And while luxury fashion players are lagging behind, smaller brands are leaping ahead with their digital activity, according to the panel. "While only 7% of purchases are made online, 75% of purchases are influenced by at least one digital touch point" said Pia Stanchina, industry manager, digital acceleration across luxury, fashion & beauty at Google. “Younger brands can be more nimble in that space and are being playful.”
Virtual reality is the next frontier in retail
In a panel discussion looking ahead at the key trends within fashion for 2016 and beyond, virtual reality was highlighted as a technology that will revolutionise the retail space. Henry Stuart, chief executive of Visualise, said retailers can tap into virtual reality to “create amazing experiences that can push boundaries and create magical experiences”. The next evolution of virtual reality, he suggested, is 3D scanning and enabling consumers to choose their own background. Futuristically, he suggested we’d eventually be moving to a time when we’re shopping for products in virtual outlets exclusively for the virtual world. In another session, Johnson spoke of how our 3D virtual reality avatars will be combined with artificial intelligence. She suggested that 3D avatars will be able to examine our closets and pull together suitable outfits.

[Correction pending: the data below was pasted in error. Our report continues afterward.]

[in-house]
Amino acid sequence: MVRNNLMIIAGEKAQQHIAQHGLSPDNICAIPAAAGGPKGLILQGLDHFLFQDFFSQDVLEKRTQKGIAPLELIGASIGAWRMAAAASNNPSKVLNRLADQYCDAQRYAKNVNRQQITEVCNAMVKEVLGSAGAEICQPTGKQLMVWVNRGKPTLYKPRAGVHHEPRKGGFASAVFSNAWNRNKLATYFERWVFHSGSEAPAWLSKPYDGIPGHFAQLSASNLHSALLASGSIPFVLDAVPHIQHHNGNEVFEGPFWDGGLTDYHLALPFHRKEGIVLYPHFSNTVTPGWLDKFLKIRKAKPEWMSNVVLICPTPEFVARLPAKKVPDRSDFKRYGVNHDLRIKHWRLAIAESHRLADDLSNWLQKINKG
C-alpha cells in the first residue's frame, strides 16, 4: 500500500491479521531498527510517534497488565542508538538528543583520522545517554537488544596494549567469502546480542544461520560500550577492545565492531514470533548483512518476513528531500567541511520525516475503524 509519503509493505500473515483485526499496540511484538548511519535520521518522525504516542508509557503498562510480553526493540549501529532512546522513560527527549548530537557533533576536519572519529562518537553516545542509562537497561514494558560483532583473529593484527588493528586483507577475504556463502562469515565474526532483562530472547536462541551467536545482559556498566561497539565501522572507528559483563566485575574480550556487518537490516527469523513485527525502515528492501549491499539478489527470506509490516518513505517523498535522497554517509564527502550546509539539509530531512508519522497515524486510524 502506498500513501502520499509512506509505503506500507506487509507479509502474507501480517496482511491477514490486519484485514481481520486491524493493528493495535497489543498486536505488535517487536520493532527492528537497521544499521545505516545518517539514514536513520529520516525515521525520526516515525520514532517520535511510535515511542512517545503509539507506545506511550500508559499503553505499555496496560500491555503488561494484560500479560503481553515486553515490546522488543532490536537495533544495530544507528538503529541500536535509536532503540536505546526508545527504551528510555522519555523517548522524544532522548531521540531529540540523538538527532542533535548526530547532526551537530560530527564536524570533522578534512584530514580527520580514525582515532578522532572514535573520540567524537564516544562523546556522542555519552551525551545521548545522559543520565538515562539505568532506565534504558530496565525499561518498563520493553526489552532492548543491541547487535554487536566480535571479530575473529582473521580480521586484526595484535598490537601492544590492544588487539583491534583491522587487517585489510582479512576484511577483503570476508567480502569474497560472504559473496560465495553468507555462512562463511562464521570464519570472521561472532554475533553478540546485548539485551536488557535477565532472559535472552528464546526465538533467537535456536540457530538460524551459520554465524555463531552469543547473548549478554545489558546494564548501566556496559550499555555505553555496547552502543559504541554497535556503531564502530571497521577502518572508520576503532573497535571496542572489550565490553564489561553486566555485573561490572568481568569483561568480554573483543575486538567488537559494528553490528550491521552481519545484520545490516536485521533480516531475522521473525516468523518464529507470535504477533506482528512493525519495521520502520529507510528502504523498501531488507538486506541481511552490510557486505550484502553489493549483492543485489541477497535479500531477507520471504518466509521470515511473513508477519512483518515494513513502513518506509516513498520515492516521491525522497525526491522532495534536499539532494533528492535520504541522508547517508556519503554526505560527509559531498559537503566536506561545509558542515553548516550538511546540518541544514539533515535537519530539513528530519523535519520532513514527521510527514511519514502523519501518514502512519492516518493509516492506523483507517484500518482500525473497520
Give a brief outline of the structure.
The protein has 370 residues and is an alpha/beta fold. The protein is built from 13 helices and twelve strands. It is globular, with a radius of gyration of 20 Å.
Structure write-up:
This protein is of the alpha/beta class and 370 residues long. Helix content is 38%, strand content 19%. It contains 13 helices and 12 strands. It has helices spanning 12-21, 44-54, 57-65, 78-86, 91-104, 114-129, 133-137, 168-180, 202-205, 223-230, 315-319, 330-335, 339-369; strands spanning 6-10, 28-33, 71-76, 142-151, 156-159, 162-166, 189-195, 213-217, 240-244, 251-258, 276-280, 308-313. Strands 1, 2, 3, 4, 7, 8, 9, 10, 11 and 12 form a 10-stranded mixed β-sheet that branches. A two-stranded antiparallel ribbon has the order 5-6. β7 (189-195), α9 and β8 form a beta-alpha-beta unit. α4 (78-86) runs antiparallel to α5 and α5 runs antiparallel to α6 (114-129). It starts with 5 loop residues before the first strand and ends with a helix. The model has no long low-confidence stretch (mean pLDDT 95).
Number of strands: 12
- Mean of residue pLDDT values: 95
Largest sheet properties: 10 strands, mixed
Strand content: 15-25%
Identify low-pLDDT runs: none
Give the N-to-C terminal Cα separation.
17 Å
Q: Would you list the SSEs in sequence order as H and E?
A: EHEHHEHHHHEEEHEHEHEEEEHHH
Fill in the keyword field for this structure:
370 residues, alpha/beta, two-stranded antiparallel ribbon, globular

But….New tech? Mostly PR hype but do keep innovating
Brands are ramping up their focus on tech, whether partnering with start-ups or collaborating with different platforms. Much of it is simply marketing noise “to get headlines and not help the customer”, according to GQ.co.uk associate style editor Nick Carvell, who highlighted JW Anderson’s tie-up with Grindr for London Men’s Fashion Week for “marrying tech and getting people interested in a fashion brand”. Tech continues to throw out gimmicks, said Jonathan Chippendale, chief executive of Holition, citing wearables as the hot topic a few years ago, followed by 3D and now VR and drones. “My hunch, having seen a lot, is that they will come and go.” Still, with digital still being relatively new, the panel discussing the coolest tech encouraged brands to continue innovating.